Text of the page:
Then there’s the Sunshine Caf, Sage’s greeting to the city, where giant, City Hall-facing windows welcome all ages for a home-style breakfast or lunch, prepared from scratch on site. It’s the organization’s public point of contact, where everyone from business people to young mothers with strollers know it only as a nice place to stop in during the day, and where Carlson started volunteering, shortly after her first steps through the door.
“I just happened to want to go for lunch,” she says. “I wasn’t a senior yet but figured I’d go in. One of the volunteers was having lunch – it was kind of crowded, so I asked if I could sit with her. We started talking and she said I should volunteer. That was my first day.”
After a couple of years and a few friendly suggestions to staff, Carlson showed her social media chops and took control of Sage’s Facebook account. She was the perfect candidate, given she was already an active, typical Facebook user herself: “I post pictures, and links to things I’m interested in. I’m part of a John Fogerty from Creedence Clearwater Revival group. I like sharing cat pictures and videos.”
Carlson began posting seniors and Sage related links and pictures, and it wasn’t long before their page gained followers and likes. In the summer of 2015, another active senior Facebook user contacted Carlson through Sage’s account, asking for housing information. He was about to be evicted and didn’t know what to do. After some back and forth, Carlson convinced him to come to Sage to sort it all out. “We found him a better place closer to Whyte Ave., with a little garden. He’s posted quite a few things on our page since then, saying how much we helped. And now we’re Facebook friends, too!”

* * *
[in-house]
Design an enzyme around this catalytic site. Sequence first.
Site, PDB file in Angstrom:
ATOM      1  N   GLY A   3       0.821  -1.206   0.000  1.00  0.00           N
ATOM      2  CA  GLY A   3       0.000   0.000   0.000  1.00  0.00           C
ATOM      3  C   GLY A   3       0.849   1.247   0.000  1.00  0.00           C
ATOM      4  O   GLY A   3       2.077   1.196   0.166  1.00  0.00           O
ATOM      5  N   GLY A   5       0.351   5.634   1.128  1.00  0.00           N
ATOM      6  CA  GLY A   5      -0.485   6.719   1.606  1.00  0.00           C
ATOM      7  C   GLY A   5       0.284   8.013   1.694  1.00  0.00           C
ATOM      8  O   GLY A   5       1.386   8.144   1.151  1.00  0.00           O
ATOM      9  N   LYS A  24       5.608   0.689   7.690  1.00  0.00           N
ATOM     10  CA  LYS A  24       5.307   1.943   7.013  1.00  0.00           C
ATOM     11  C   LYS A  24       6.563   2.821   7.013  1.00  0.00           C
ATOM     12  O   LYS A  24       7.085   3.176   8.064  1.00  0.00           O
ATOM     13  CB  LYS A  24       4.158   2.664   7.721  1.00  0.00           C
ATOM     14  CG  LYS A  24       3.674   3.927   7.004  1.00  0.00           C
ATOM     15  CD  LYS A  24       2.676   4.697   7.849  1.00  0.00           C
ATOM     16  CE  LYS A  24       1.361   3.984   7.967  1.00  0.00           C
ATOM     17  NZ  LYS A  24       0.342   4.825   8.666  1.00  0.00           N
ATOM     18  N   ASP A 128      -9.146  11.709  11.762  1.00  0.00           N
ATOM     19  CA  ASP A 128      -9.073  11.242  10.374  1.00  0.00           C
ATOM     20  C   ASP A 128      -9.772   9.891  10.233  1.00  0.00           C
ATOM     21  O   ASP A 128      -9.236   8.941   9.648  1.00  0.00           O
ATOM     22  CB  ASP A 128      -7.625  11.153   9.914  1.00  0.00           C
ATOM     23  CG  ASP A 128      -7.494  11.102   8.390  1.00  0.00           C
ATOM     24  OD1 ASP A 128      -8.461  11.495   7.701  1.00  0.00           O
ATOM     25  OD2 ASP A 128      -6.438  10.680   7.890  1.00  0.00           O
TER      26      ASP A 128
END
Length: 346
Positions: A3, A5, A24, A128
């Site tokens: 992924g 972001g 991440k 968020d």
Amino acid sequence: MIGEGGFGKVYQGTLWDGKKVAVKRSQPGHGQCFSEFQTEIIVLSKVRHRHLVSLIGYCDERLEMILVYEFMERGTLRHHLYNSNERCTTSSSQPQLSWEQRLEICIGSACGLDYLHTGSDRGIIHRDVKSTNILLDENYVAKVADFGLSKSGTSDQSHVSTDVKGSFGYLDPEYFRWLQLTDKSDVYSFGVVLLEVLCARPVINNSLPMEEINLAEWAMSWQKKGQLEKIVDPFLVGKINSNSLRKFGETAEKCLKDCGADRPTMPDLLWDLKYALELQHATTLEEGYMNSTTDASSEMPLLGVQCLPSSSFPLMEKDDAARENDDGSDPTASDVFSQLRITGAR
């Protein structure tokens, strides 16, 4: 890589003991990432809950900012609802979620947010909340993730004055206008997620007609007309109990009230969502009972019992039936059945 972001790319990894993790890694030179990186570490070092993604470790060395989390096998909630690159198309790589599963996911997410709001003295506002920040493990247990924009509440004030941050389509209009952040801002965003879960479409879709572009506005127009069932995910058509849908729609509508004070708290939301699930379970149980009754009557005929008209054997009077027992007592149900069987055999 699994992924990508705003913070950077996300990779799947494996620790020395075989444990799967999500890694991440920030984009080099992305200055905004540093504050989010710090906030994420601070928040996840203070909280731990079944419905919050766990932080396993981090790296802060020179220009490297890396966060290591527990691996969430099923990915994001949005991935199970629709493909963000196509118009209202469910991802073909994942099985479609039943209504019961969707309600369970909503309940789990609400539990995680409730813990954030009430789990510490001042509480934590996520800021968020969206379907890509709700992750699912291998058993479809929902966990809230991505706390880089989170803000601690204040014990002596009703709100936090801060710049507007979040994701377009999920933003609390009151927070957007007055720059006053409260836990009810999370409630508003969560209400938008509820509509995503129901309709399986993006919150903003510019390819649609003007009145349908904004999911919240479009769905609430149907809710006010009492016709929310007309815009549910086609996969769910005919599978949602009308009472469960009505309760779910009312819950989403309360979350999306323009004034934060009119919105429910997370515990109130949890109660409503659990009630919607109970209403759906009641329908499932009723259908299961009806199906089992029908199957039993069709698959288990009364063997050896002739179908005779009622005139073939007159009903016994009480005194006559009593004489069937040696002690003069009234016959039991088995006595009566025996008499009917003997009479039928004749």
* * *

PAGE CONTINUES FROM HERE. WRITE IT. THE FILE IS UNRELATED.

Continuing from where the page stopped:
Along with embodying the spirit of Campbell’s fund – housing and volunteerism – Carlson’s example shows that, of course, not all seniors are any one thing, and they’re plenty capable of learning and helping themselves. And as Sage has shown, they do a lot more than that, and societies that ignore seniors are worse off for doing so.
“We worked with researchers at the U of A to look at the economics of aging and challenging the myth of seniors as economic drains,” McDonald says. “When you look at things like unpaid care-giving – taking care of grandchildren, their aging spouses, their neighbours – when you look at volunteerism, when you look at philanthropy, all things that seniors tend to be the largest age group taking part in, those aspects of our economy often go unaccounted for. So when we base cost to the system only on things like emergency room visits, we aren’t getting the whole picture.”
Following Carlson’s lead, Sage now has a designated ‘device guy’ who helps seniors navigate their cell phones, laptops and tablets, as well as a multimedia expert who helps set up blogs, business documents and videos, the need for which will only increase with time. As for Carlson, she just wants to “keep things interesting and lively” on Facebook, in order to get the word out and keep seniors involved, up-to-date and clicking. She sees Sage, and technology, as another way to connect, something everyone wants, regardless of age. “I don’t like to be isolated, especially as I get older and lose family members,” she says. “I don’t want my world to get small; I want it to get bigger. I want more people, not less. So tomorrow morning, I’ll get up, go out, meet more people and help them.”